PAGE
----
Skip to content

What’s it like to be tech naked?

no tech?

I don’t know if the term has been used before. I’m pretty sure someone else coined it long ago.

Tech naked

I’m also pretty sure that I just got blocked by 50% of all school filters. Which is a shame. I think we all need to get tech naked every once in a while. What is tech naked?

. . . going for an extended period of time without access to, or choosing not to access, technology such as computers, internet, social media, email, and the Apple App Store.

(Also no Scramble with Friends.)

And it’s a good thing. There has been some interesting research about how the misuse of technology can screw with attention span and deep thinking skills. How the use of social media can be addictive. Let’s be clear. I am a firm believer of using technology as a part of everyday life, of how powerful it can be as part of the educational process.

But . . . we need to be careful about forming technology using habits that may shut off parts of brains that allow us to focus, to think, to keep important things in the forefront. A recent Stanford study spent some time examining the impact of technology on the brain:

. . . we all bet high multitaskers were going to be stars at something.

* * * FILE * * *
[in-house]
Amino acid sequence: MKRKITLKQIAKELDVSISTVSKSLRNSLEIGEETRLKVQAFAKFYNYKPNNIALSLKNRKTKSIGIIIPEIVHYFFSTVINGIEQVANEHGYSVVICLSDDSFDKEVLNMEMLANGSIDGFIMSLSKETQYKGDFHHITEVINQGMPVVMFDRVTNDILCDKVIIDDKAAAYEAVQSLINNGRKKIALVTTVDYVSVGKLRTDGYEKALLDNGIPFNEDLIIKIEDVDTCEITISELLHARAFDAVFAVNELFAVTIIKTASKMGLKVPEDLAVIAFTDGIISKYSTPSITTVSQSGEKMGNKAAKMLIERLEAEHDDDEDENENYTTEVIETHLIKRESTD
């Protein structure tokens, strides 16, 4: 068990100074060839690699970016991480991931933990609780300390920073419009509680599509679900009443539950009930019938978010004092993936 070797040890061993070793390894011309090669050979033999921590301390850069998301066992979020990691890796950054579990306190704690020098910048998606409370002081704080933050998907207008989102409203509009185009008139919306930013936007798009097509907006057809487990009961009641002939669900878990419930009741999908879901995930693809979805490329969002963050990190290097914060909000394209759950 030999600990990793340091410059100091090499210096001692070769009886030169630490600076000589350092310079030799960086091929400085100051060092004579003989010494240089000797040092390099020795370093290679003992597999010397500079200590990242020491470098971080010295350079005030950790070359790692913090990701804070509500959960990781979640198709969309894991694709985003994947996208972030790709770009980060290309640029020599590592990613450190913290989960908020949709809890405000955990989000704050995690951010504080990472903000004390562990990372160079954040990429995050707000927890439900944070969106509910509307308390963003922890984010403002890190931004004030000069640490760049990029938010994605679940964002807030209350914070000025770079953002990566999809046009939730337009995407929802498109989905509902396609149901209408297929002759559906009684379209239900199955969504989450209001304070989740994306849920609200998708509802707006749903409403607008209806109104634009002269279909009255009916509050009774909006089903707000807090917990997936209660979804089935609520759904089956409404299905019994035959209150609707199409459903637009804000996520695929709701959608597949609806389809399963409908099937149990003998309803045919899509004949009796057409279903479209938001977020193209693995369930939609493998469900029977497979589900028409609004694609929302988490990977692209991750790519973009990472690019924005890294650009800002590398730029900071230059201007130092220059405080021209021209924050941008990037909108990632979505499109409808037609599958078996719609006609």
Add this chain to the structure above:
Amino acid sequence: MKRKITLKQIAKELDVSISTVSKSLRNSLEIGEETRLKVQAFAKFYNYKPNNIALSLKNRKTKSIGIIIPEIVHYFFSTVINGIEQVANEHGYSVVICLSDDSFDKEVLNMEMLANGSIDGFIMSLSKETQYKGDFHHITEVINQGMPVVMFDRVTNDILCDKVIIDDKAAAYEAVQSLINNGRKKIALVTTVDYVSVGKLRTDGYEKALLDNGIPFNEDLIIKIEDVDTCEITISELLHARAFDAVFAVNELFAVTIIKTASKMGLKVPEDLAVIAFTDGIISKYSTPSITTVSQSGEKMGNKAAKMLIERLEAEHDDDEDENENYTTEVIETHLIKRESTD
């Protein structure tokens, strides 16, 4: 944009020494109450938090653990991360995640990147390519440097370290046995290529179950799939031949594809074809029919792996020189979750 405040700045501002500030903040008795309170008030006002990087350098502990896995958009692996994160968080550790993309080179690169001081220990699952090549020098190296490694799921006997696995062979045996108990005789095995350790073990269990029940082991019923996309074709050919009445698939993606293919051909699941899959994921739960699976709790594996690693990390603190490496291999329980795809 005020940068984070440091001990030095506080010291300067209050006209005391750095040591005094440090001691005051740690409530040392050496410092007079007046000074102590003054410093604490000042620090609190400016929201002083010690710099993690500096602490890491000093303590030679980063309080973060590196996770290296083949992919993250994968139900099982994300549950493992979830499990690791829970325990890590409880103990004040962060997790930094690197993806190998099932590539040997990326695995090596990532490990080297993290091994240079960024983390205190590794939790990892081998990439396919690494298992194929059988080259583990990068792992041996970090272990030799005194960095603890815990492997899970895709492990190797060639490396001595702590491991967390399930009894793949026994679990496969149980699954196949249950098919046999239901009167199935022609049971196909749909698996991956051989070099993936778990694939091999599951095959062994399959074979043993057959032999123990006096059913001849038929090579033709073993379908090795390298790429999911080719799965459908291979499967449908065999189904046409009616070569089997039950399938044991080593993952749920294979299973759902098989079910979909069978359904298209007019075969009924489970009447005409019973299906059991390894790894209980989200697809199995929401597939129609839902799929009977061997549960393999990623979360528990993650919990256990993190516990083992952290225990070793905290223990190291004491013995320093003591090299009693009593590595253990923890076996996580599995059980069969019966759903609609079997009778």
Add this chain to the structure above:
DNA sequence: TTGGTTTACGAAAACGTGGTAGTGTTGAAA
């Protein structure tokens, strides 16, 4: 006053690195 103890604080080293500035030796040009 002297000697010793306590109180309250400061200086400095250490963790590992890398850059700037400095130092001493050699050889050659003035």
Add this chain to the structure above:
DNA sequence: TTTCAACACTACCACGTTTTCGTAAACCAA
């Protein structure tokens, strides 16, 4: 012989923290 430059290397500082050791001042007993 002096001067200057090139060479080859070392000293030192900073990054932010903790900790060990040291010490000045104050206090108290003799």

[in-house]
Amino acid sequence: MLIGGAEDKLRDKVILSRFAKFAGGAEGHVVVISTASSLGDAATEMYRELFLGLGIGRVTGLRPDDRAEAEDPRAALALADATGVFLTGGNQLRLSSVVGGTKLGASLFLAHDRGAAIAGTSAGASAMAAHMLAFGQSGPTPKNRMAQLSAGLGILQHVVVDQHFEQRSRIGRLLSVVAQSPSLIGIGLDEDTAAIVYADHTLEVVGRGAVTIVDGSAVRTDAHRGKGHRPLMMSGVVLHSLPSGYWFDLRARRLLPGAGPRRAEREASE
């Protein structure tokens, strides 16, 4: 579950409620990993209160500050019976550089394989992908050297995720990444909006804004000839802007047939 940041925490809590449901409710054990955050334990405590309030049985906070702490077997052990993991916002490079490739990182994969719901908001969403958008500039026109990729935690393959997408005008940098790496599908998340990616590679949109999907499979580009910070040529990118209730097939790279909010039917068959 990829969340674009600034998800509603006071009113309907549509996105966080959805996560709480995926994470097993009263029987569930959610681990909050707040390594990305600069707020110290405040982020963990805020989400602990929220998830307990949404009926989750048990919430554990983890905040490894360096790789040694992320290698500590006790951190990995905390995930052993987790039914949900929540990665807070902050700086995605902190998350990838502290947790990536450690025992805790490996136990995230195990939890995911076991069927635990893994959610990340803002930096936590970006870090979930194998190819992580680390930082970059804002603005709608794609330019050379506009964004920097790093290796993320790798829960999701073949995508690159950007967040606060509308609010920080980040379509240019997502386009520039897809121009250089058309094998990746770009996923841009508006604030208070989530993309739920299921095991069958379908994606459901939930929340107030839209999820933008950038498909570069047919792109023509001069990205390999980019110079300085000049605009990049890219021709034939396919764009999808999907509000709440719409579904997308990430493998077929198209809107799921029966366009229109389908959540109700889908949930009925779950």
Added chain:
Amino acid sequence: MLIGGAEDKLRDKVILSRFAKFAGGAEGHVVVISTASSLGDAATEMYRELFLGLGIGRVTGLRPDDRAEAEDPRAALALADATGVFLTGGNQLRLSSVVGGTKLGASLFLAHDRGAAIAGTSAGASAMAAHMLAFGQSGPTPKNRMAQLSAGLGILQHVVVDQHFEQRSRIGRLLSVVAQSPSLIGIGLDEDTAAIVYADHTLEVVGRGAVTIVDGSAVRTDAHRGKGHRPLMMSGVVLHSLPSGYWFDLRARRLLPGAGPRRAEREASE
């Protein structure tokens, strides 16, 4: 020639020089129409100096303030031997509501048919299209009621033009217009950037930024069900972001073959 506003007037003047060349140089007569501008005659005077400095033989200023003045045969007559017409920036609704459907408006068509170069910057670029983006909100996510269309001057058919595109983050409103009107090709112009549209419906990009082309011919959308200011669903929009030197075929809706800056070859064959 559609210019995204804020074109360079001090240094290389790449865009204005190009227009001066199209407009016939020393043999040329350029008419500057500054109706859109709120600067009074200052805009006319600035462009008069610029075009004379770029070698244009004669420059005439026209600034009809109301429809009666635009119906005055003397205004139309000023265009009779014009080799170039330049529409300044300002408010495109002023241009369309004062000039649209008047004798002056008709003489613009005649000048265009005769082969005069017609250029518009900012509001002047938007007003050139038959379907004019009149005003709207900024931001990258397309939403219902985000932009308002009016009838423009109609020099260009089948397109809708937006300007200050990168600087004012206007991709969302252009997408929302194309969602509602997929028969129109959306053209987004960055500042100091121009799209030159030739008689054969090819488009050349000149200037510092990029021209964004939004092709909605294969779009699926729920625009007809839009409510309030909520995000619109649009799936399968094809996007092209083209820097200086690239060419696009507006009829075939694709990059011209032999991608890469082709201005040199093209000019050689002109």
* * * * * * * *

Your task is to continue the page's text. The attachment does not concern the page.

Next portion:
We were absolutely shocked. We all lost our bets. It turns out multitaskers are terrible at every aspect of multitasking. They’re terrible at ignoring irrelevant information; they’re terrible at keeping information in their head nicely and neatly organized; and they’re terrible at switching from one task to another.

All of this to say that I have the chance to go tech naked for a week or so. No laptop. No social media. No email. I will have my phone for emergencies. And to be honest, I’m pretty sure I’ll bug my wife for Google directions.

But I want to read. And write. And figure some stuff out. Tech naked. I’ll let you know how it went in a couple of weeks.

Cross your fingers.

3 Comments Post a comment
  1. We could not agree more! As we approach the end of the school year, it’s important to encourage kids to take advantage of the world around them, the one moving in slower motion than a click, tap, or swipe. What better time than summer? We need to model it as adults, too, because they need to know it’s okay to disconnect. We want them to take the time to interact personally with others, go outside to explore, or create something with their hands.

    June 9, 2013

Trackbacks & Pingbacks

  1. Thoughts on History Tech blog | Mrs. Chykirda...in the classroom
  2. How I survived being tech naked | History Tech

Leave a Reply

Fill in your details below or click an icon to log in:

WordPress.com Logo

You are commenting using your WordPress.com account. Log Out / Change )

Twitter picture

You are commenting using your Twitter account. Log Out / Change )

Facebook photo

You are commenting using your Facebook account. Log Out / Change )

Google+ photo

You are commenting using your Google+ account. Log Out / Change )

Connecting to %s

Follow

Get every new post delivered to your Inbox.

Join 2,569 other followers

%d bloggers like this: